The hare shot ahead and ran briskly for some time. Then seeing that he was far ahead of the tortoise, he thought he'd sit under a tree for some time and relax before continuing the race. He sat under the tree and soon fell asleep. The tortoise plodding on overtook him and soon finished the race, emerging as the undisputed champ. The hare woke up and realised that he'd lost the race. The moral of the story is that slow and steady wins the race.

This is the version of the story that we've all grown up with. But then recently, someone told me a more interesting version of this story. It continues.

The hare was disappointed at losing the race and he did some Defect Prevention (Root Cause Analysis). He realised that he'd lost the race only because he had been overconfident, careless and lax.

If he had not taken things for granted, there's no way the tortoise could have beaten him. So he challenged the tortoise to another race. The tortoise agreed.

This time, the hare went all out and ran without stopping from start to finish. He won by several miles.

The moral of the story, Fast and Consistent will always beat the slow and steady. If you have two people in your organisation, one slow, methodical and reliable, and the other fast and still reliable at what he does, the fast and reliable chap will consistently climb the organisational ladder faster than the slow, methodical chap. It's good to be slow and steady; but it's better to be fast and reliable.

But the story doesn't end here.
The tortoise did some thinking this time, and realised that there's no way he can beat the hare in a race the way it was currently formatted.

He thought for a while, and then challenged the hare to another race, but on a slightly different route.

The hare agreed. They started off. In keeping with his self-made commitment to be consistently fast, the hare took off and ran at top speed until he came to a broad river.

The finishing line was a couple of kilometres on the other side of the river.

The hare sat there wondering what to do. In the meantime the tortoise trundled along, got into the river, swam to the opposite bank, continued walking and finished the race.

The moral of the story; First identify your core competency and then change the playing field to suit your core competency. In an organisation, if you are a good speaker, make sure you create opportunities to give presentations that enable the senior management to notice you. If your strength is analysis, make sure you do some sort of research, make a report and send it upstairs. Working to your strengths will not only get you noticed but will also create opportunities for growth and advancement.

The story still hasn't ended.
 The hare and the tortoise, by this time, had become pretty good friends and they did some thinking together. Both realised that the last race could have been run much better.

So they decided to do the last race again, but to run as a team this time.

They started off, and this time the hare carried the tortoise till the riverbank. There, the tortoise took over and swam across with the hare on his back.

On the opposite bank, the hare again carried the tortoise and they reached the finishing line together. They both felt a greater sense of satisfaction than they'd felt earlier.

The moral of the story; It's good to be individually brilliant and to have strong core competencies; but unless you're able to work in a team and harness each other's core competencies, you'll always perform below par because there will always be situations at which you'll do poorly and someone else does well. Teamwork is mainly about situational leadership, letting the person with the relevant core competency for a situation take leadership.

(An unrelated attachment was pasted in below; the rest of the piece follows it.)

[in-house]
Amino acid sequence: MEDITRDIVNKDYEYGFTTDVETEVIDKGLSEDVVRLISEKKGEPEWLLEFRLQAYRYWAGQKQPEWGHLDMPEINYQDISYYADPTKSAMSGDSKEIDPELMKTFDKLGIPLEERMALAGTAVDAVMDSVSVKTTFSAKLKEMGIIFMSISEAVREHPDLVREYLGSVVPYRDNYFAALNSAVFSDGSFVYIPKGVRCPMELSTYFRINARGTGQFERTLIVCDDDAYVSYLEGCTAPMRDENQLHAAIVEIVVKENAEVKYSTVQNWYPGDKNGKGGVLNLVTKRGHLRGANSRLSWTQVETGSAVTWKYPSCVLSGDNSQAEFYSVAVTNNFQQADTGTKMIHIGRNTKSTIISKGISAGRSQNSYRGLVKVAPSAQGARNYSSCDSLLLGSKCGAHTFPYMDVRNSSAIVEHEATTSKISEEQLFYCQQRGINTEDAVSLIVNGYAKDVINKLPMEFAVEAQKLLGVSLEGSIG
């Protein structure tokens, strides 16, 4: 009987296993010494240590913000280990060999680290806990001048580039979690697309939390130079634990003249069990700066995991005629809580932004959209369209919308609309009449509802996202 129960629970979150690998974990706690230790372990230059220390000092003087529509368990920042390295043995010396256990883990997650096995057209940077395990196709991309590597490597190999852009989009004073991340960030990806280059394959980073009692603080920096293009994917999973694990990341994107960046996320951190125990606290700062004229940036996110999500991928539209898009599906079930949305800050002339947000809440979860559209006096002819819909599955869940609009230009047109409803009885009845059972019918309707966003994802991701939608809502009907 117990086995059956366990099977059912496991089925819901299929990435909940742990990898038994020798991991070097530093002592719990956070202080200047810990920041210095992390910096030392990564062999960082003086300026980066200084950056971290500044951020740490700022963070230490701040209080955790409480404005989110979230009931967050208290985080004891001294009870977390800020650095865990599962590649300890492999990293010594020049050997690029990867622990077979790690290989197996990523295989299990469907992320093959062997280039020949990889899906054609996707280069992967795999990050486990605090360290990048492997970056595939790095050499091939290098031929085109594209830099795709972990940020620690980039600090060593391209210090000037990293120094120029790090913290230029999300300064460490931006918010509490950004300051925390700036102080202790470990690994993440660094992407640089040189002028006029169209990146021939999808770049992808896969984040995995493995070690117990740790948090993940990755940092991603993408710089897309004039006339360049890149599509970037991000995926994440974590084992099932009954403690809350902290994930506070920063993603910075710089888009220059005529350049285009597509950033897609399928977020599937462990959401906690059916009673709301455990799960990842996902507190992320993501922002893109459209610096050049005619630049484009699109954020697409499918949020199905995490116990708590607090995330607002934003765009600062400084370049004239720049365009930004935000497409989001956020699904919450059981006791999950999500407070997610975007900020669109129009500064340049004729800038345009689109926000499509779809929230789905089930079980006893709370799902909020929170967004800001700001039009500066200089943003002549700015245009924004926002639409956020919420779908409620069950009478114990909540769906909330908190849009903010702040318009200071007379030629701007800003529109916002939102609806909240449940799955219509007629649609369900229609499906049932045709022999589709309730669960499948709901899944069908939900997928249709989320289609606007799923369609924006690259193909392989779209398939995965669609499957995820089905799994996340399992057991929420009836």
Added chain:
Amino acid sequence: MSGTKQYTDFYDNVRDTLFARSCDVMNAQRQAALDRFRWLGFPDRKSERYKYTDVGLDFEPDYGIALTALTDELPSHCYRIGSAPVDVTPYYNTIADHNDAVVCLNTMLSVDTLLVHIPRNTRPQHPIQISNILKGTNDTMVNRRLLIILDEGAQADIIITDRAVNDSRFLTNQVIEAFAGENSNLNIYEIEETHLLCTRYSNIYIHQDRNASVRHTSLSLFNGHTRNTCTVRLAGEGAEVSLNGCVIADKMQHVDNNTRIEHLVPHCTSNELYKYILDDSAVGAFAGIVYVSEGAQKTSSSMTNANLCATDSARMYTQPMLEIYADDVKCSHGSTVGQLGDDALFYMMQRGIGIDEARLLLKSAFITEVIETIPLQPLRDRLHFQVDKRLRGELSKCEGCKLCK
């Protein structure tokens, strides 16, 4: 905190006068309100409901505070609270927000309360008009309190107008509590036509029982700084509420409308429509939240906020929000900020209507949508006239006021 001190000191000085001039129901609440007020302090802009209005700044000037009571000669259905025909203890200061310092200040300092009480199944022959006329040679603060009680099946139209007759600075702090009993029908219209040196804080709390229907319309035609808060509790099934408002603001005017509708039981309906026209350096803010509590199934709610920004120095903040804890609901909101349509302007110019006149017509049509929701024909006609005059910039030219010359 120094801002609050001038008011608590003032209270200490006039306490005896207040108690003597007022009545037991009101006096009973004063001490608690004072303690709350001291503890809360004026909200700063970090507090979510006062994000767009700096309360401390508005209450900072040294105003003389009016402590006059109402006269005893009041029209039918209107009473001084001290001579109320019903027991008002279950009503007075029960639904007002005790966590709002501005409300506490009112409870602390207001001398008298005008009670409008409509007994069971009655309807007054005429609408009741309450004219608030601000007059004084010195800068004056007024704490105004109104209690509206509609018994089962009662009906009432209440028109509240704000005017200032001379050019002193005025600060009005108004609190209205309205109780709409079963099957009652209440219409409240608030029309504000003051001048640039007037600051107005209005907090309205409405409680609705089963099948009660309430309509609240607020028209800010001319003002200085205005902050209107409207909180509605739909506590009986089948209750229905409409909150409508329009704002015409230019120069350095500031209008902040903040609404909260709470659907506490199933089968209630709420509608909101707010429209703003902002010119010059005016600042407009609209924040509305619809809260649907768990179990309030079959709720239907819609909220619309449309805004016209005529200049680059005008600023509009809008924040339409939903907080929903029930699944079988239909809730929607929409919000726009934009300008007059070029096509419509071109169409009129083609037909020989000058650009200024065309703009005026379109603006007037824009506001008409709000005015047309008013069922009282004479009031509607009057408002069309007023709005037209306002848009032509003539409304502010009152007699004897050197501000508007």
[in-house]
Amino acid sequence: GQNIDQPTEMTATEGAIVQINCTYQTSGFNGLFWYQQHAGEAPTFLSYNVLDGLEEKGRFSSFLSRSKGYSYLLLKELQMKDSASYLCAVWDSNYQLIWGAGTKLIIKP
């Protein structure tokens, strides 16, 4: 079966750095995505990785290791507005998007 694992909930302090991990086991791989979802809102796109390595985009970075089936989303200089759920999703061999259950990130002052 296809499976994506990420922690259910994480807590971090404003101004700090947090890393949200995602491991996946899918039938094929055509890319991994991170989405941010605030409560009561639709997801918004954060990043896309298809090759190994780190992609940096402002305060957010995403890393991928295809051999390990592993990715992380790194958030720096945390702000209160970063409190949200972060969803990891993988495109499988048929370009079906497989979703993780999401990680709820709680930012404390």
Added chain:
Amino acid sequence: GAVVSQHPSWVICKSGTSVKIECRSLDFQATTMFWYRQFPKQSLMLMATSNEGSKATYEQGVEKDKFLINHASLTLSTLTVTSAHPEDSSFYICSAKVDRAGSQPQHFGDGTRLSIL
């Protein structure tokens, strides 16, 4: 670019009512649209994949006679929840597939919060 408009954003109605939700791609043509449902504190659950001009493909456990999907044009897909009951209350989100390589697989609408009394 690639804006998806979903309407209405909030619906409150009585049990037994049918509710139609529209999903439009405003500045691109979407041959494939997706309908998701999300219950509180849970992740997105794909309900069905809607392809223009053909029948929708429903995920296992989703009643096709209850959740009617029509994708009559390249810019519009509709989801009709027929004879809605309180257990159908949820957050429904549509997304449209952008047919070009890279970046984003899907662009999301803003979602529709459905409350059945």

There are more lessons to be learnt from this story.

Note that neither the hare nor the tortoise gave up after failures. The hare decided to work harder and put in more effort after his failure.

The tortoise changed his strategy because he was already working as hard as he could. In life, when faced with failure, sometimes it is appropriate to work harder and put in more effort.

Sometimes it is appropriate to change strategy and try something different. And sometimes it is appropriate to do both.

The hare and the tortoise also learnt another vital lesson. When we stop competing against a rival and instead start competing against the situation, we perform far better.

When Roberto Goizueta took over as CEO of Coca-Cola in the 1980s, he was faced with intense competition from Pepsi that was eating into Coke's growth.

His executives were Pepsi-focussed and intent on increasing market share 0.1 per cent a time.

Goizueta decided to stop competing against Pepsi and instead compete against the situation of 0.1 per cent growth.

He asked his executives what was the average fluid intake of an American per day? The answer was 14 ounces. What was Coke's share of that? Two ounces, Goizueta said Coke needed a larger share of that market.

The competition wasn't Pepsi. It was the water, tea, coffee, milk and fruit juices that went into the remaining 12 ounces. The public should reach for a Coke whenever they felt like drinking something.

To this end, Coke put up vending machines at every street corner. Sales took a quantum jump and Pepsi has never quite caught up since.

To sum up, the story of the hare and tortoise teaches us many things. Chief among them are that fast and consistent will always beat slow and steady; work to your competencies; pooling resources and working as a team will always beat individual performers; never give up when faced with failure; and finally, compete against the situation. Not against a rival.